•       Requirement that Superintendents and school administrators have exceptional, extended teaching and school-based experience

Download the complete set of demands from their website: http://unitedoptout.com/ And feel free to discuss them below.


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“Portfolio”: The Vocabulary of Education Reform in Baltimore City – Lesson One


9 Comments to “Who Doesn’t Like the Sound of Corporate-Free Public Schools?”

  1. This list doesn’t sound Utopian to me, it sounds like my rural public school, circa 1974 – 1986. That school has been replaced by a public/private-funded charter school in order to keep its doors open (wish I knew more about the arrangement, but am looking at it with wary eyes). This decree, in my opinion, is a return to normalcy.


  2. Can someone direct me to a study showing most charters are run by for-profit entities owned by hedge funds? I’ll take at least 50% and am willing to consider that “most.” Otherwise, much of this manifesto sounds like the well-wishes of the privileged. It conspicuously addresses poverty at a very surface level and seeks other aspects of “good” community schools that existed in the very same places that have been churning out uneducated masses for decades.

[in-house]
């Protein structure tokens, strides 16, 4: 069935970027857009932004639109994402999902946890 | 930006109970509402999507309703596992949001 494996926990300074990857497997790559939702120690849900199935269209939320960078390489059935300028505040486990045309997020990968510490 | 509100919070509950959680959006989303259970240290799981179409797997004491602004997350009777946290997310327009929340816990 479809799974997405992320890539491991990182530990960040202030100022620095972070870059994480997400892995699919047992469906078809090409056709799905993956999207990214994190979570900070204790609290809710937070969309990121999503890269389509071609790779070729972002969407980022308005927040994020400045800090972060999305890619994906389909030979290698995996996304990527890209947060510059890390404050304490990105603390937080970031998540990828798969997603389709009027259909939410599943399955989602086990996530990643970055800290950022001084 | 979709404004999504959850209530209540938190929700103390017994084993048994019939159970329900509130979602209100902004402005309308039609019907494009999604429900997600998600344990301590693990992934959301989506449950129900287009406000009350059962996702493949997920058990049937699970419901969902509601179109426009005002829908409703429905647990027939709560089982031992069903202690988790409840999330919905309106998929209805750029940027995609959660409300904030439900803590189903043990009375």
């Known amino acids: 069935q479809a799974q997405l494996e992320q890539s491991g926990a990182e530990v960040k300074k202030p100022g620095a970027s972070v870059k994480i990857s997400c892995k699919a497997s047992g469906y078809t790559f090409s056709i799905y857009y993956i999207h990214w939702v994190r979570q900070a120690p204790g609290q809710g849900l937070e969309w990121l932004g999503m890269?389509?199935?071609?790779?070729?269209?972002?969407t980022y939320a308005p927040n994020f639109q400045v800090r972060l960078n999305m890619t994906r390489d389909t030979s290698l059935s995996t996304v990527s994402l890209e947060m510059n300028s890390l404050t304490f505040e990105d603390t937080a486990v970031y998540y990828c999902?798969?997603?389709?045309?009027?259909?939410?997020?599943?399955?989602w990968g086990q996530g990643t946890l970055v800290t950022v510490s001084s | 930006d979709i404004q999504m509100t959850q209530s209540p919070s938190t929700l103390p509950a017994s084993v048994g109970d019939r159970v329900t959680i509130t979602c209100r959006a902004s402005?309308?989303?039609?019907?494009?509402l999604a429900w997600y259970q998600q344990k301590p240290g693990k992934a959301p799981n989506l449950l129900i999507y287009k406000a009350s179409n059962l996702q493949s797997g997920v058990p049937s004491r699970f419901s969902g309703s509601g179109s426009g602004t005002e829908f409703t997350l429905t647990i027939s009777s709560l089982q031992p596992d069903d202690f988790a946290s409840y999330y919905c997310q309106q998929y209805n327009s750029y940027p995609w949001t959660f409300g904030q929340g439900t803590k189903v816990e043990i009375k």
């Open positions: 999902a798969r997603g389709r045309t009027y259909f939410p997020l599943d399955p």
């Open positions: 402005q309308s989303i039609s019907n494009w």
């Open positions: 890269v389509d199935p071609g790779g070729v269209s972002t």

What if community schools remained untouched with all the items in this manifesto? Wouldn’t we be in a communist state? Shouldn’t communities and families choose what is best for their students? The whole “corporate takeover” seems like bandwagoning or a distraction at best. Privileged people with a clear safety net seem to assert platitudes about what’s wrong with education.

    When will someone just say it’s hard for the poor to excel in an oppressive system structured to maintain low expectations which perpetuate a cycle of ignorance.


  3. Let me rephrase the issues for those who need some clarity:

    HOW High Stakes Testing DESTROYS CHILDHOOD…a list of a few out of a sea of many….
    AFFECTS SOCIO-EMOTIONAL WELL-BEING: Our system of constant testing seems designed to produce anxiety and depression.
    KILLS CURIOSITY AND LOVE OF LEARNING: Actually limits and reduces the amount of QUALITY learning experiences. Rather than focusing on a child’s natural curiosity, HST emphasizes (and drills in) isolated facts limiting teacher’s ability to create environments that stimulate a child’s imagination.